Stacking effect on STP&OSPF

  • 0
  • 1
  • Question
  • Updated 5 years ago
Create Date: May 14 2013 10:42PM

I'm trying to design a new network we intend on building out. The current plan is to use X460's as access switches, have redundant links Layer 2 links from each access switch to the distribution layers switches which are X480's which operate as a stack (ie only one connection from each access switch to each distribution switch). We then want to connect each X480 to a single different Cisco core router and have OSPF running between them.

So my questions are

(1) Will STP work between the access switches and distribution switches so that only one link will be up at a time?.
(2) In the future we intend on load balancing different VLAN's across the redundant links between the access and distribution layer. Will this work too?
(3) Can an OSPF connection be formed between the two X480s across the stack cable?
(4) If this OSPF connection can't be formed between the 2 X480's will the two Cisco routers see them as a single device as well or as multiple devices?


(from ekelste)
Photo of EtherNation User

EtherNation User, Employee

  • 20,340 Points 20k badge 2x thumb

Posted 5 years ago

  • 0
  • 1
Photo of EtherNation User

EtherNation User, Employee

  • 20,340 Points 20k badge 2x thumb
Create Date: May 14 2013 10:51PM

Network drawing attached
Network
(from ekelste)
Photo of EtherNation User

EtherNation User, Employee

  • 20,340 Points 20k badge 2x thumb
Create Date: May 15 2013 2:10AM

This setup will definitely work. What I have on my network is somewhat similar, and I'll provide my take on the questions here based on my experience with Extreme gear.

1) Yes. However, for Extremes in a ring config I'd recommend going with EAPS. EAPS reconverges faster and is easy to configure.
2) Yes. You can also use LAG (or MLAG, if you have more than 2 switches participating) to get the bandwidth of both links simultaneously while maintaining redundancy.
3) No. Stacked switches are managed as a single device. This has a lot of advantages, and as the switches in this case are the same models you can configure them to be fully redundant with no loss of functionality if there's a failure.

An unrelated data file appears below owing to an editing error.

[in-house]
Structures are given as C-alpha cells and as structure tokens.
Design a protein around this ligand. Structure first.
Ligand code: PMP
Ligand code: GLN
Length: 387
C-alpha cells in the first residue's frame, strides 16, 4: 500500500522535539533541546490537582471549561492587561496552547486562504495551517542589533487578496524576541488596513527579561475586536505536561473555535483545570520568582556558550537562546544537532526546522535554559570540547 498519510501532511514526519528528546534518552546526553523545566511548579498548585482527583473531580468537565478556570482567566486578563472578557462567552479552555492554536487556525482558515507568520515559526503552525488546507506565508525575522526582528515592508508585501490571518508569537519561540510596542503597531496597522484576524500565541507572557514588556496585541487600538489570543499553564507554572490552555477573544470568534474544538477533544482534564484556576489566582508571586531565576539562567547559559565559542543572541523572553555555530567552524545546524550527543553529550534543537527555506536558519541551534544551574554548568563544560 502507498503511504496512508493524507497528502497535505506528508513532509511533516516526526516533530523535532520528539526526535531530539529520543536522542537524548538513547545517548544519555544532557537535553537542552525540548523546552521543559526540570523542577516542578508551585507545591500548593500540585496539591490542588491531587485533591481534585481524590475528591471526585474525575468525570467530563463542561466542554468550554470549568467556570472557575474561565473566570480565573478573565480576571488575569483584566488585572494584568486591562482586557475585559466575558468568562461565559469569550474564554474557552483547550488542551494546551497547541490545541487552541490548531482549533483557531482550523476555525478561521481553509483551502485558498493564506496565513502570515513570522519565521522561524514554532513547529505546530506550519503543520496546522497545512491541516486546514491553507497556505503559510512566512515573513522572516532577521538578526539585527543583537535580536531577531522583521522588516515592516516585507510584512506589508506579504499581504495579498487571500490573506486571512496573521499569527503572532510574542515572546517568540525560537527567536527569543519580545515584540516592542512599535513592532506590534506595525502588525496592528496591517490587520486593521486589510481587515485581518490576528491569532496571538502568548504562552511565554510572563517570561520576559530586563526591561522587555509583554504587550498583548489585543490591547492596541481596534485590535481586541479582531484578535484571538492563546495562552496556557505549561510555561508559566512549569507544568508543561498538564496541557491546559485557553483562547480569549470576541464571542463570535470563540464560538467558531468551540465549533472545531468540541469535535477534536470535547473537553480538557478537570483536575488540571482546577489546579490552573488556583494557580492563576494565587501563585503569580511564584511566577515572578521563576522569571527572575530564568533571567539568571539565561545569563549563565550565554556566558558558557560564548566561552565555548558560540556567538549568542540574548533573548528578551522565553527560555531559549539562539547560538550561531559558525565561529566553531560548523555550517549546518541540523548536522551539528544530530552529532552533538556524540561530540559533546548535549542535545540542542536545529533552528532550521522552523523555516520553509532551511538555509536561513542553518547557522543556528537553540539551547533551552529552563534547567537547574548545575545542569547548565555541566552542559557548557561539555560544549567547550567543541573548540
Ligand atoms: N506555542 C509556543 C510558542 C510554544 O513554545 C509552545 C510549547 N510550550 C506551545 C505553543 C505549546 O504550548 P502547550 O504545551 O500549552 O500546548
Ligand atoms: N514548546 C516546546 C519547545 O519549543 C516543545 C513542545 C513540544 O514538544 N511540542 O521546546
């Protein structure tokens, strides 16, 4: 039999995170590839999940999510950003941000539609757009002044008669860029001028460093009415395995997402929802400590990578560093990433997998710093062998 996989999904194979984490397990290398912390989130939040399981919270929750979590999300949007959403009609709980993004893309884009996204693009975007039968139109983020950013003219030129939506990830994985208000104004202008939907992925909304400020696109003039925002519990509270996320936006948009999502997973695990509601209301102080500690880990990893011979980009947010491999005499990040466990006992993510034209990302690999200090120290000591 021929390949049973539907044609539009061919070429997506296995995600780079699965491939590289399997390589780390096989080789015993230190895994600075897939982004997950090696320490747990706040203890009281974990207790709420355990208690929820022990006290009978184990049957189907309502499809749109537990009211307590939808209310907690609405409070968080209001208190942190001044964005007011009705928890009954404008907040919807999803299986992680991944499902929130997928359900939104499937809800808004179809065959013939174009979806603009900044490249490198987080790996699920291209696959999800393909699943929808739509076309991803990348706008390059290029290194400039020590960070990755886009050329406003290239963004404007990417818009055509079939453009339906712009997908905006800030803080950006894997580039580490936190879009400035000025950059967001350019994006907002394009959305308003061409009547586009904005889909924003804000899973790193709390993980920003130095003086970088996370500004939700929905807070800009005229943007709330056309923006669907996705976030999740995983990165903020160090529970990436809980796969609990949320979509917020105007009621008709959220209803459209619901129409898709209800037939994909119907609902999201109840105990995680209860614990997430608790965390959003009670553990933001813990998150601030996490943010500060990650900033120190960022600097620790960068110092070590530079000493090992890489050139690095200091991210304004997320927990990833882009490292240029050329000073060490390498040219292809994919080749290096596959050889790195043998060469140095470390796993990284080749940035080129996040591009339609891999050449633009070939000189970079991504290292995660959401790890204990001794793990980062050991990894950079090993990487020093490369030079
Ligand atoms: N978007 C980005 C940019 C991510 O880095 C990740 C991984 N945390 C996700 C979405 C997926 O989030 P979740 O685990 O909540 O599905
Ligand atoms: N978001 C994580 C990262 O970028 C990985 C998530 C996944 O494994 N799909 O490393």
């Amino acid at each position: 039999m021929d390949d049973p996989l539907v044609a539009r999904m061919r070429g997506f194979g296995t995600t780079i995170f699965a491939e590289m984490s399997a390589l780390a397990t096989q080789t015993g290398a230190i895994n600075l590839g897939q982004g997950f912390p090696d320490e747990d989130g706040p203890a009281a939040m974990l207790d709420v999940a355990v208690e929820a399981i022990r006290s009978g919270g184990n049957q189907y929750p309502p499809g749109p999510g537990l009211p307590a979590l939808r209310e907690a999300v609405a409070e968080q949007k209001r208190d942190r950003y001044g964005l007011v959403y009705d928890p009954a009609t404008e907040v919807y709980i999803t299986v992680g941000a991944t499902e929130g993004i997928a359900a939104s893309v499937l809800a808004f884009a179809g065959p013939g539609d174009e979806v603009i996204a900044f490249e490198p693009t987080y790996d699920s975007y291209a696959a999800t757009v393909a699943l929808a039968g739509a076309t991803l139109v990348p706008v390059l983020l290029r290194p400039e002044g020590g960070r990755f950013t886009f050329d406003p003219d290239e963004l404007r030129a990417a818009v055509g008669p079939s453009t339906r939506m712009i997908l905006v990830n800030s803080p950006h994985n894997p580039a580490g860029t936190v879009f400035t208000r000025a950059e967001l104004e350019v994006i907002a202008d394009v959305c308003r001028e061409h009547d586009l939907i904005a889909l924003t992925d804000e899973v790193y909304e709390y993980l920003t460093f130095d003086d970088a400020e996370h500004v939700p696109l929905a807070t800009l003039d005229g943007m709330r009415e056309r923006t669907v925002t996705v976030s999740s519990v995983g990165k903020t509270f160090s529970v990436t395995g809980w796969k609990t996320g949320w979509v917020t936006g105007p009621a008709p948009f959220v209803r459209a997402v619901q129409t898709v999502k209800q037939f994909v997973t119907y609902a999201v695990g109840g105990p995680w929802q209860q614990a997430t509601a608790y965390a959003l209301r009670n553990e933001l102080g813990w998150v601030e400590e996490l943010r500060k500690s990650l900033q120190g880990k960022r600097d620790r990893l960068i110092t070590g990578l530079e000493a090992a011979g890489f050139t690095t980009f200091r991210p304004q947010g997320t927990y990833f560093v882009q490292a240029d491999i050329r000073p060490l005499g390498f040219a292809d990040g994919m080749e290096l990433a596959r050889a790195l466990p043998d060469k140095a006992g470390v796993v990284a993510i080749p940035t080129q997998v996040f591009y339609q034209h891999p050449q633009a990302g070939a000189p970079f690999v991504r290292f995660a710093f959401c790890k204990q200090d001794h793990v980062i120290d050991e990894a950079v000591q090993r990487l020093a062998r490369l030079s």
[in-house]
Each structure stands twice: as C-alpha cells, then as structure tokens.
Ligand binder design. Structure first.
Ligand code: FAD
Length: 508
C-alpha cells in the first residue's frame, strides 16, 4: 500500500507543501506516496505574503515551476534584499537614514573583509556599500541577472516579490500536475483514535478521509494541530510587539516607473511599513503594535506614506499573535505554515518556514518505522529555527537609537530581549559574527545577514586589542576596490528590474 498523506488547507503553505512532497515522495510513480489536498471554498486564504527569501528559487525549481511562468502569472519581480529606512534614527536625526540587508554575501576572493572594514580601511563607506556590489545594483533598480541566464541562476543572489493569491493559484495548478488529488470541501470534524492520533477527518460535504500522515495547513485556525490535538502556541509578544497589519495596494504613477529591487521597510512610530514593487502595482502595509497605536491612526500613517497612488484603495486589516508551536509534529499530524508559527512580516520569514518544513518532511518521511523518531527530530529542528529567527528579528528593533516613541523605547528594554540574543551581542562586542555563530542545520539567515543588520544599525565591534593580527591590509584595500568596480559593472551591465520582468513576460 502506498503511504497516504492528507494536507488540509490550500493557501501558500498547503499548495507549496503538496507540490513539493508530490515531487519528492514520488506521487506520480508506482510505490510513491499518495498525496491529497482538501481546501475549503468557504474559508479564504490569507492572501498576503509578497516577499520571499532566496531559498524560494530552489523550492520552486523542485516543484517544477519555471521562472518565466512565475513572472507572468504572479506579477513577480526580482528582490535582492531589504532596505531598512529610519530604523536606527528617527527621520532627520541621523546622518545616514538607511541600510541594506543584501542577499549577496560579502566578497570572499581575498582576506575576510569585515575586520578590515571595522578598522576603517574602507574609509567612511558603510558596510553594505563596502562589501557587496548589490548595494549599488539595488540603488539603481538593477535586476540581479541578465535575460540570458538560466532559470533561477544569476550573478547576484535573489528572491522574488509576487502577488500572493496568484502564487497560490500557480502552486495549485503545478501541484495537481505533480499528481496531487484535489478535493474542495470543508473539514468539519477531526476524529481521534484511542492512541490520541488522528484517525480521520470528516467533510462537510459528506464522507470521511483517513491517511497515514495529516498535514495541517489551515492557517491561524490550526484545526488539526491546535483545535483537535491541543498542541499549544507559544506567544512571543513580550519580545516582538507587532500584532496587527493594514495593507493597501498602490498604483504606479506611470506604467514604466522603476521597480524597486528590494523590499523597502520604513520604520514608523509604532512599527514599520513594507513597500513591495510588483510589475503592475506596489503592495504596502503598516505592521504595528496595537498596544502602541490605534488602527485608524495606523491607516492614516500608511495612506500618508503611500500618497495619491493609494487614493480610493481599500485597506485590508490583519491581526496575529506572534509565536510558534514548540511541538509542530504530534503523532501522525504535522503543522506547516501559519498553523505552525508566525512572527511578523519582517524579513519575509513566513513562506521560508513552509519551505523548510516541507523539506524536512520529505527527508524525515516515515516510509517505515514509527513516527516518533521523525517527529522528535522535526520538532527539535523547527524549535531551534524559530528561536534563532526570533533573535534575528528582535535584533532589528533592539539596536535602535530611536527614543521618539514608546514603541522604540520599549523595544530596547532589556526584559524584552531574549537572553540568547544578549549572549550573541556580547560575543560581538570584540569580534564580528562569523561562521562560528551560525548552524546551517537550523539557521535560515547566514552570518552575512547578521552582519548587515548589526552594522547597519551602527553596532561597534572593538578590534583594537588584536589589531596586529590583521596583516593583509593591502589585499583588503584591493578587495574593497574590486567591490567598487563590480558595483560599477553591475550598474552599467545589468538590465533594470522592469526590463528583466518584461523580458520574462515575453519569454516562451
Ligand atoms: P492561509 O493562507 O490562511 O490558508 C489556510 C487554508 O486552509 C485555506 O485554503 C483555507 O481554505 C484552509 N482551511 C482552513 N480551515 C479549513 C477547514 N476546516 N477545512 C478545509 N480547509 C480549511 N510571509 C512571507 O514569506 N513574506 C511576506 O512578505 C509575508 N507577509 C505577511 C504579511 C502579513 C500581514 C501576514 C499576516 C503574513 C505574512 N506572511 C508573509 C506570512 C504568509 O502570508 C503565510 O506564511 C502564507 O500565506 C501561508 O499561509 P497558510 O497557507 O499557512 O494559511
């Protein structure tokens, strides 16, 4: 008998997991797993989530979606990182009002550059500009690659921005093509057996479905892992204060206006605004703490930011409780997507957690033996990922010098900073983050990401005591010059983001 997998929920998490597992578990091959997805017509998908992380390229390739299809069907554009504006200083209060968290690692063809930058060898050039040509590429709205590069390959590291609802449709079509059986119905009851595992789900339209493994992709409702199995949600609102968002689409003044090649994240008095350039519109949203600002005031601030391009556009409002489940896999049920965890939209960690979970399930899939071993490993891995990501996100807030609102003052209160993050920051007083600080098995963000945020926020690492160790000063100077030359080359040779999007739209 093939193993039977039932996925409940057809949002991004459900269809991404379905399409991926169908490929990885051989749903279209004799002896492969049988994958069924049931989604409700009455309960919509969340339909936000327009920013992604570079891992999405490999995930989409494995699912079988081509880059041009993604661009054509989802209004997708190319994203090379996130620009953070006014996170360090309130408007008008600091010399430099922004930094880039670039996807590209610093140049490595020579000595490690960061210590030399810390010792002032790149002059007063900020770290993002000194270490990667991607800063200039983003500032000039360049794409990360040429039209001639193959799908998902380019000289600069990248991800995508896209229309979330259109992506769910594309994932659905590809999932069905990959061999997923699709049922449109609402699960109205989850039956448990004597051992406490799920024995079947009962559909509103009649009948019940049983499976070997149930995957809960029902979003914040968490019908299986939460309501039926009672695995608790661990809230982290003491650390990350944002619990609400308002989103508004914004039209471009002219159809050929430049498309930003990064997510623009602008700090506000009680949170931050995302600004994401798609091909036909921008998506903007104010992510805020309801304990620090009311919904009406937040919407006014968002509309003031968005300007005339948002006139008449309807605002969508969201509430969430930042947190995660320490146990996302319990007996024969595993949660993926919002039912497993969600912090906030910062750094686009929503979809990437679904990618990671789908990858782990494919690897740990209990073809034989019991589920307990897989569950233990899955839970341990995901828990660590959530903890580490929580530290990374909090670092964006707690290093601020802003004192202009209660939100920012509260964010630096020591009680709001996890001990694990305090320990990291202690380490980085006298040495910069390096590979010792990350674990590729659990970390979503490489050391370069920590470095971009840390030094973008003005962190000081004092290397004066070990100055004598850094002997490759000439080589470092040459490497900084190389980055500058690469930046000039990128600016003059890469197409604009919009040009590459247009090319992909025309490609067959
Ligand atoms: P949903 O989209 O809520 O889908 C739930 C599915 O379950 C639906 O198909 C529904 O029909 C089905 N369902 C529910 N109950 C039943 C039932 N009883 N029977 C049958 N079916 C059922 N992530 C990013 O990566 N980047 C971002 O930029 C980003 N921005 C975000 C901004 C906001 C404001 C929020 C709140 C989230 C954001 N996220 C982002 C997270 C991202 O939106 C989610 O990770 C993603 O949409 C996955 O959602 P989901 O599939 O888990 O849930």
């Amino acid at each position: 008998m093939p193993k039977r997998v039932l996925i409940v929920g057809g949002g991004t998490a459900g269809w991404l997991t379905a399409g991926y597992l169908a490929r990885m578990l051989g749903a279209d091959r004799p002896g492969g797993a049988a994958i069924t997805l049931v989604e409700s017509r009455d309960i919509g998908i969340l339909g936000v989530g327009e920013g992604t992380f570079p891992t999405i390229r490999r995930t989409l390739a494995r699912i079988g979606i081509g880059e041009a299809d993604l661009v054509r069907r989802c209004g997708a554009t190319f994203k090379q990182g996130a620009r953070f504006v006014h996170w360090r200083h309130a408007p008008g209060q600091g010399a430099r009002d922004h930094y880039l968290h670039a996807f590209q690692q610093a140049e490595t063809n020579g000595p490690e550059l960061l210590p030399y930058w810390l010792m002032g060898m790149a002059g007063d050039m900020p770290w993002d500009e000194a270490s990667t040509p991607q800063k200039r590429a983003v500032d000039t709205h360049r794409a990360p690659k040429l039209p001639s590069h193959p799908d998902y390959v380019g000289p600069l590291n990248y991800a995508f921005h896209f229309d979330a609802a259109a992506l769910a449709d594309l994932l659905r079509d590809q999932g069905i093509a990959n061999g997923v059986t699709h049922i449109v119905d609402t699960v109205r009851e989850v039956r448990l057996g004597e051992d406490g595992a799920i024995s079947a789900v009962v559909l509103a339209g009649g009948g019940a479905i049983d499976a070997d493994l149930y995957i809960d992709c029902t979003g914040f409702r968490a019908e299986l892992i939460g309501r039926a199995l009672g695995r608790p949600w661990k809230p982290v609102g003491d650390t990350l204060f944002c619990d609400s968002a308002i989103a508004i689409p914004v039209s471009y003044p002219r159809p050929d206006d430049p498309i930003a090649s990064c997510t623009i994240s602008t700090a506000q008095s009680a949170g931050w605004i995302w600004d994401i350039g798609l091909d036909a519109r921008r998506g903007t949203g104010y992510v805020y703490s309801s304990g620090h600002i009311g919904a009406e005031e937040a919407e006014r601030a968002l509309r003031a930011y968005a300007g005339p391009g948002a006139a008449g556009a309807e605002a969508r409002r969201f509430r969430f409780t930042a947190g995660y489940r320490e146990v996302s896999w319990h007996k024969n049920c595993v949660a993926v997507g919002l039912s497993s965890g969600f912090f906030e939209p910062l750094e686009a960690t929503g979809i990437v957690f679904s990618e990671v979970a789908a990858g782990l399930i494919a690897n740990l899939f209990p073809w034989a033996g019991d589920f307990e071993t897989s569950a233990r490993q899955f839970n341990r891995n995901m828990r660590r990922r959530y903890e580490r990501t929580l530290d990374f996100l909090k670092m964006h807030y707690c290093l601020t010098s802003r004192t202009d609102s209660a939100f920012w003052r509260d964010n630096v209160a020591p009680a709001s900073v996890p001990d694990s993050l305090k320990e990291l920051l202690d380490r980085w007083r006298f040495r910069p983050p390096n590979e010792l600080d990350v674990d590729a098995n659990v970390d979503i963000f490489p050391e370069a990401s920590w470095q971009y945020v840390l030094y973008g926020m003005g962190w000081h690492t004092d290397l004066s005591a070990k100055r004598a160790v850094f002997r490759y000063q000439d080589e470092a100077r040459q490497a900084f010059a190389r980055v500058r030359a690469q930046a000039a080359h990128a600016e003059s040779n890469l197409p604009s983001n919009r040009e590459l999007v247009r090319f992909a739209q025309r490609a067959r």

4) The Ciscos will see the X480 stack as a single device.

(from Ansley_Barnes)
Photo of EtherNation User

EtherNation User, Employee

  • 20,340 Points 20k badge 2x thumb
Create Date: May 15 2013 2:22AM

By the way, if you plan to have single access switches (logically - stacks count as single switches for this purpose) I would recommend going with LAG instead of STP or EAPS. This will provide the bandwidth of both links and maintain redundancy. For example:

On the X460:

enable sharing 51 grouping 51,52

On the X480 stack:

enable sharing 1:1 grouping 1:1, 2:1

Connect ports 51 and 52 on the X460 to ports 1:1 and 2:1 respectively on the X480 stack. Managing the link between the switches happens by addressing config changes to the first port referenced by "enable sharing," so you add VLANs to port 51 on the X460 and port 1:1 on the X480 stack, and the VLANs are added to all the links in the LAG. To balance the load on the links, if it is lopsided, you can adjust the load-sharing algorithm. X460s and X480s have highly configurable forwarding planes, so good choice on those! If a link is severed, unplugged, or one of the X480s fails, the other link stays up and provides full connectivity (albeit with half the bandwidth, of course.) This configuration also allows more links to be added to the LAG group easily and quickly, if your bandwidth needs grow.

EAPS works well, and STP would work, but if you can, I'd start with this config - it'll save the migration later and help prevent bottlenecks. If you must start with a ring, I strongly recommend EAPS over STP.

(from Ansley_Barnes)

This conversation is no longer open for comments or replies.